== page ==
A recent article caught my eye that summarized the top trends in electronic gizmos of the last decade. These sorts of lists have always interested me, because I feel that they allow consumers of the content to connect with the list from a very personal standpoint.

Every few years, Contact Lens Spectrum assembles a list of contact lens events, initiatives, or issues intended to be reflective of important trends in the contact lens field. Our last such list was published in September 2016, and while some things have not changed, others certainly have. Here is a list of some of the more exciting developments in the field of contact lenses.

  • There is no doubt that there remains much interest and changing practice patterns in myopia control. New research, new treatment approaches, and new models for incorporating myopia control into clinical practice are all driving this exciting initiative.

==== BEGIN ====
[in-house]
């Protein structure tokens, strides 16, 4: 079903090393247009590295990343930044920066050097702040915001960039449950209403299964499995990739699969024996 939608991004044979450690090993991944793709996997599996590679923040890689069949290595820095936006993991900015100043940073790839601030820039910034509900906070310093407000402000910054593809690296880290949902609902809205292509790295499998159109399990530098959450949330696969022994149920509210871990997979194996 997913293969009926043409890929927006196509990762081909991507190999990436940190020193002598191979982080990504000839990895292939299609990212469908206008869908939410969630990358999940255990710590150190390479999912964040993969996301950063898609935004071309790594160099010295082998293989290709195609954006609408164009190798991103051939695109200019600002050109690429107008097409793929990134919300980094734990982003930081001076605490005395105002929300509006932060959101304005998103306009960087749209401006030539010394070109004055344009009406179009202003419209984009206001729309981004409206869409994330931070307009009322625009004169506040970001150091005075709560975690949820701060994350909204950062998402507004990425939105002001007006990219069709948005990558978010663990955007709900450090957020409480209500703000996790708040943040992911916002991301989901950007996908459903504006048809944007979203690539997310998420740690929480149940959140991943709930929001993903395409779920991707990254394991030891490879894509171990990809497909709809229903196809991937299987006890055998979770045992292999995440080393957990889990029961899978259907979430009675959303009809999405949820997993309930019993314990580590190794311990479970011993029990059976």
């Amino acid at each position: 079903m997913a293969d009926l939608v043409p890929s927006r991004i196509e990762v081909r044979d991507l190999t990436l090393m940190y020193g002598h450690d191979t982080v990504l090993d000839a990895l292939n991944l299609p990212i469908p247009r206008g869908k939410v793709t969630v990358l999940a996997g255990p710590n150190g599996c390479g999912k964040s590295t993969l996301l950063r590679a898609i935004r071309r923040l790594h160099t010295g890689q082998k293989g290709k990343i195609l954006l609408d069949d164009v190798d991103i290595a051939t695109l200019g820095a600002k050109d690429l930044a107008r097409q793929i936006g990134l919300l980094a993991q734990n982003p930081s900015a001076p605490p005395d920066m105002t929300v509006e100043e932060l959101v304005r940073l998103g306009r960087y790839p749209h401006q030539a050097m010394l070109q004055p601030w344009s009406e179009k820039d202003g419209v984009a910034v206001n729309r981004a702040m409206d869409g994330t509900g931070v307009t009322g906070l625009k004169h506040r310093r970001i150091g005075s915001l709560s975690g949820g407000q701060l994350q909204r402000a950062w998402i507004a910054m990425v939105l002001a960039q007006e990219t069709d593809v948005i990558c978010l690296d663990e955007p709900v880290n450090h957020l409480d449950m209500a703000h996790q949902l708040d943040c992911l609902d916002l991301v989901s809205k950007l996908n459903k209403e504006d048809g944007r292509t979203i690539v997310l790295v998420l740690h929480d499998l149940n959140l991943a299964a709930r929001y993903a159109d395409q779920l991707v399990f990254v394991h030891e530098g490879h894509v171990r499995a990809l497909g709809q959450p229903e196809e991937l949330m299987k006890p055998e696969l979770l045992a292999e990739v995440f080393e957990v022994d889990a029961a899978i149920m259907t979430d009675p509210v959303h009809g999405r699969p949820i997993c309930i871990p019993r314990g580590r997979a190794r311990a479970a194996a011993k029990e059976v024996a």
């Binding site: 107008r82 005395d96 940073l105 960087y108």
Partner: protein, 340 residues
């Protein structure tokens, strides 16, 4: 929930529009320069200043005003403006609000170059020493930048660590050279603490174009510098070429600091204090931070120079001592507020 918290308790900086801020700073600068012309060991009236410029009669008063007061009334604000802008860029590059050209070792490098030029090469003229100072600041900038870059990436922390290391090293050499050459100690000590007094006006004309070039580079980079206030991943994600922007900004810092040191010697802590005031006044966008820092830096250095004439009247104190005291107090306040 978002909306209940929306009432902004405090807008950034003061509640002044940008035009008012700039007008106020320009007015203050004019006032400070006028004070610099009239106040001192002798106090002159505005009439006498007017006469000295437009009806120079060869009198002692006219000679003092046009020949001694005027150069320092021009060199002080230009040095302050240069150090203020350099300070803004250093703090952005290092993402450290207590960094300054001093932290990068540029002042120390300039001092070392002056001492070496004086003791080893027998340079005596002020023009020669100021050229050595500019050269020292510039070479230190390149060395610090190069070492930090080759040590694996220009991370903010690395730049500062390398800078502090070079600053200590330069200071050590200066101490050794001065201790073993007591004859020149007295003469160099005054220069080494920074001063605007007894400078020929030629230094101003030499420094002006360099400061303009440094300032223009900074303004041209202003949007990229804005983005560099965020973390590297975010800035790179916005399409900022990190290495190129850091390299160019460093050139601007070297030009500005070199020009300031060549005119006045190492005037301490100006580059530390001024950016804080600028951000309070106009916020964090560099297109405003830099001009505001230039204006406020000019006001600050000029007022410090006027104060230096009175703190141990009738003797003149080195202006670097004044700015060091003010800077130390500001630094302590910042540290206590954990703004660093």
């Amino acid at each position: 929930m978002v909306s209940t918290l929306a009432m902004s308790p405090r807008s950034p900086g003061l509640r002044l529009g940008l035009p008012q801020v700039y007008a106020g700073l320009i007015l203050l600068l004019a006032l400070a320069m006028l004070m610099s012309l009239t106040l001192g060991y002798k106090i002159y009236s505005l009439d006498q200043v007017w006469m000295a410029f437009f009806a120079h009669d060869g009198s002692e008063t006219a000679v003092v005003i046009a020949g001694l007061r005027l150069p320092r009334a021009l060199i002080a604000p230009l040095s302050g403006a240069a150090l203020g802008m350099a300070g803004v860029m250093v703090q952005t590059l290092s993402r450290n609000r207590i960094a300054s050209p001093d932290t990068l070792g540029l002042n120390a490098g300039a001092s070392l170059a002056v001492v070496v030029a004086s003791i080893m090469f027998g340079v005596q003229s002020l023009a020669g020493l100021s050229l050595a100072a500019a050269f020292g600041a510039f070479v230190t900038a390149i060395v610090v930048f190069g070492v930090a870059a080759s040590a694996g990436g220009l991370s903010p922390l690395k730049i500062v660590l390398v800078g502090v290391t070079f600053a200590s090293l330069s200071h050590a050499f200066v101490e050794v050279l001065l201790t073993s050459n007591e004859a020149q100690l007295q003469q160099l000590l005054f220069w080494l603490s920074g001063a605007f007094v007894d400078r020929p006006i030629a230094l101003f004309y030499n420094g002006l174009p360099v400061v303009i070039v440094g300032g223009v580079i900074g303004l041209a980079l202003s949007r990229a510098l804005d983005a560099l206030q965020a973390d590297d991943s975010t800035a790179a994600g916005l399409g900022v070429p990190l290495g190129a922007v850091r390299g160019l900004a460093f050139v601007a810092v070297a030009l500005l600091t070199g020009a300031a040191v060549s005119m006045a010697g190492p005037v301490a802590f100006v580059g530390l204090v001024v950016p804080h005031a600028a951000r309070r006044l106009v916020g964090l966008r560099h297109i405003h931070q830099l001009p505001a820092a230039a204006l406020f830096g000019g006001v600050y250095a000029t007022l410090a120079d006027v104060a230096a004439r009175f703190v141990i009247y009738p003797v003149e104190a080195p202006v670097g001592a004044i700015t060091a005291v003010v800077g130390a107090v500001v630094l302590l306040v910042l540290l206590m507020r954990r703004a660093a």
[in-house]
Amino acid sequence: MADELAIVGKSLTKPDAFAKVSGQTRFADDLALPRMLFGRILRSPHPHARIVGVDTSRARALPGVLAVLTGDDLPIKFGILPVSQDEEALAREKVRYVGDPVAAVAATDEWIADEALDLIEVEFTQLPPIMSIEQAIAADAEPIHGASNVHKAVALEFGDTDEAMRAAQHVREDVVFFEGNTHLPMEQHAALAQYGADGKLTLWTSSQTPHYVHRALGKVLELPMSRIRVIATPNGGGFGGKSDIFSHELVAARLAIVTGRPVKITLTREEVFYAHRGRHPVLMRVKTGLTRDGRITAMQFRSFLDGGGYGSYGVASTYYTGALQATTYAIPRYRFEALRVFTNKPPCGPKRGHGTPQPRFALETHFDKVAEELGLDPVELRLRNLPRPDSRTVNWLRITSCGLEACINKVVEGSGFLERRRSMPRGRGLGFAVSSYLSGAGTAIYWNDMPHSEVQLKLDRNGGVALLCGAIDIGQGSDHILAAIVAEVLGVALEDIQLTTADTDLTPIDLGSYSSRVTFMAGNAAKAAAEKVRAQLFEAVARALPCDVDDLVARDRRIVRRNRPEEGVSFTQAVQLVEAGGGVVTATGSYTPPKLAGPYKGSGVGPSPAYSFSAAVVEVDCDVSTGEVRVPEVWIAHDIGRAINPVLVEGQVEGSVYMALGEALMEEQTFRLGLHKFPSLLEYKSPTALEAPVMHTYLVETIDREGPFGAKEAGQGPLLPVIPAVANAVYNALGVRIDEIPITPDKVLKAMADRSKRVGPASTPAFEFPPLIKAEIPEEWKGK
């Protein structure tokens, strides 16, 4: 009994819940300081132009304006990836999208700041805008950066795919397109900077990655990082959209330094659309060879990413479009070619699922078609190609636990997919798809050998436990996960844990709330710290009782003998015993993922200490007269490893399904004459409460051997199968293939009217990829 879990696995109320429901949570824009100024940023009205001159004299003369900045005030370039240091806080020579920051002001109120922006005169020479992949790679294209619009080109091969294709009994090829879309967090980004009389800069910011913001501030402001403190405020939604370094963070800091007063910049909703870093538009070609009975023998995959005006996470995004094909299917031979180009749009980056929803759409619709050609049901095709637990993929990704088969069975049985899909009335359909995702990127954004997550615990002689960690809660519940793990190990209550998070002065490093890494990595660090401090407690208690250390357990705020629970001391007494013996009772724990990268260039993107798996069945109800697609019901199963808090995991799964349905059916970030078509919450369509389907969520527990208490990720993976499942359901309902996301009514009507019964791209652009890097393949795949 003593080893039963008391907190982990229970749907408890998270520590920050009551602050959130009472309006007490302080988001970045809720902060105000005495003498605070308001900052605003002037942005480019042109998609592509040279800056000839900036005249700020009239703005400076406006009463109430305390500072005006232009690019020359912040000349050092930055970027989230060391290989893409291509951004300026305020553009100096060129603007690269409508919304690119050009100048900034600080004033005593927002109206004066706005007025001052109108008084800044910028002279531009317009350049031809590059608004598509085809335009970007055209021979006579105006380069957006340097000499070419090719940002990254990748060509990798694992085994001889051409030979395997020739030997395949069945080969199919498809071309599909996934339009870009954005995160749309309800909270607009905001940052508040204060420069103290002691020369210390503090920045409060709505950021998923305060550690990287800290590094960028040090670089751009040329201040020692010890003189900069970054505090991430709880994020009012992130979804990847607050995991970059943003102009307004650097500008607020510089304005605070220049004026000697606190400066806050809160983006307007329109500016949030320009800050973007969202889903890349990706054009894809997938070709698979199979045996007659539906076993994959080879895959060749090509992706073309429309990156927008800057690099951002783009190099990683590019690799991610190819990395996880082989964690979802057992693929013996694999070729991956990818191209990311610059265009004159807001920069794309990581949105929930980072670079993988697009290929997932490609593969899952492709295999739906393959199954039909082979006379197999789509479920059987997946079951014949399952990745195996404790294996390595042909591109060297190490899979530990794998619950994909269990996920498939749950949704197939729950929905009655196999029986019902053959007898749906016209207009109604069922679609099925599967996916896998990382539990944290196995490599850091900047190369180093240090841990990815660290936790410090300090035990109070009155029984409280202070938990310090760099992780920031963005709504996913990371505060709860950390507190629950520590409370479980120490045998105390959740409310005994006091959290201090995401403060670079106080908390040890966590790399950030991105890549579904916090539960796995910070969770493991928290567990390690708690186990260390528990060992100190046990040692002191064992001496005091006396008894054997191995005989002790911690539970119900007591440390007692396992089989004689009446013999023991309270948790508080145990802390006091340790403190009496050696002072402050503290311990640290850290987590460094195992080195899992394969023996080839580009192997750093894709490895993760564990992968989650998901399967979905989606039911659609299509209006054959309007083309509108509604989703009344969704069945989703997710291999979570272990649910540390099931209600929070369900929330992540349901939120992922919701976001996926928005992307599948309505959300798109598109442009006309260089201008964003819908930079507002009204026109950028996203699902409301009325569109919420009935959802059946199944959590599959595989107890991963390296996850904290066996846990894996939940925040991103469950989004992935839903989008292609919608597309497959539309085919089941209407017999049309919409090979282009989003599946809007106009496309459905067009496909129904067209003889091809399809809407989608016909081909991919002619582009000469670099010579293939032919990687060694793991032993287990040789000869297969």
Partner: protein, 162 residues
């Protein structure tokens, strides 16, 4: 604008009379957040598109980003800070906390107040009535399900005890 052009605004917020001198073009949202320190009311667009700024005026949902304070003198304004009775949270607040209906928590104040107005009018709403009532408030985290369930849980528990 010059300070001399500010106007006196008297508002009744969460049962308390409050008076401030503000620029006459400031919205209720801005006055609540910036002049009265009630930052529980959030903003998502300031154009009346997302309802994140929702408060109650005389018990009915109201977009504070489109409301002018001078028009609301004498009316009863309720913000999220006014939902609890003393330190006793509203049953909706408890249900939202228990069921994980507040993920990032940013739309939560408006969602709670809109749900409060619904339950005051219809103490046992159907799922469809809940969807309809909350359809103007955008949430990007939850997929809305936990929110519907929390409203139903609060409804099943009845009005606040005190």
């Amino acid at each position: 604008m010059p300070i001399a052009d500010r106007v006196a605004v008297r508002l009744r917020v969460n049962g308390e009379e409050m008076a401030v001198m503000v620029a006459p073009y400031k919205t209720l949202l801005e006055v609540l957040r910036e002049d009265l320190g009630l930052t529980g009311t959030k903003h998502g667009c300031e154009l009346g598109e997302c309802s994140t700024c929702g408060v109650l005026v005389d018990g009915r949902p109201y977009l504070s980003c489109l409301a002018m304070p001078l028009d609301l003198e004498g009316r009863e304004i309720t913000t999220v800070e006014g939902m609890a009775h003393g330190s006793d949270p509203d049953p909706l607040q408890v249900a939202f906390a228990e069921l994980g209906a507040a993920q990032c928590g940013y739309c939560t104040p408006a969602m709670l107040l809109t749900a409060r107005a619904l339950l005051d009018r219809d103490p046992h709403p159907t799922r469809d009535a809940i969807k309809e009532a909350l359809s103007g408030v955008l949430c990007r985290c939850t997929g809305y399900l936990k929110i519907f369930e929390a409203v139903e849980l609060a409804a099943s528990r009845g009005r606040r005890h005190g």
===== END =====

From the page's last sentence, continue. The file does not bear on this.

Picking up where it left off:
• One concern that has recently become more acute is both online distribution of prescriptions (literally, internet-based eye examinations) and non-prescription-based distribution of contact lenses. While we have not yet seen major regulatory involvement or law enforcement regarding this issue, it is anticipated that this will be the next step in this evolving story.
  • Growth in specialty lenses is certainly driving enthusiasm in the contact lens market and is a force to be considered as it relates to the aforementioned prescribing practices.
  • Technology will continue to evolve in tandem with contact lenses along the lines of either so-called smart contact lens technologies or ultra-customized contact lenses (i.e., precision contact lenses analogous to precision medicine initiatives).
  • Daily disposables have continued their growth trend in the United States market, having been the category with the largest growth overall for the past several years.
  • Contact lens discomfort remains as frequent as it has been in the past. While we have seen new technologies to diagnose and/or treat dry eye come to market, we have yet to see major advances in our understanding, or reductions in the frequency, of contact lens dry eye in our patients.

Which topics or issues are on your list? Let us know at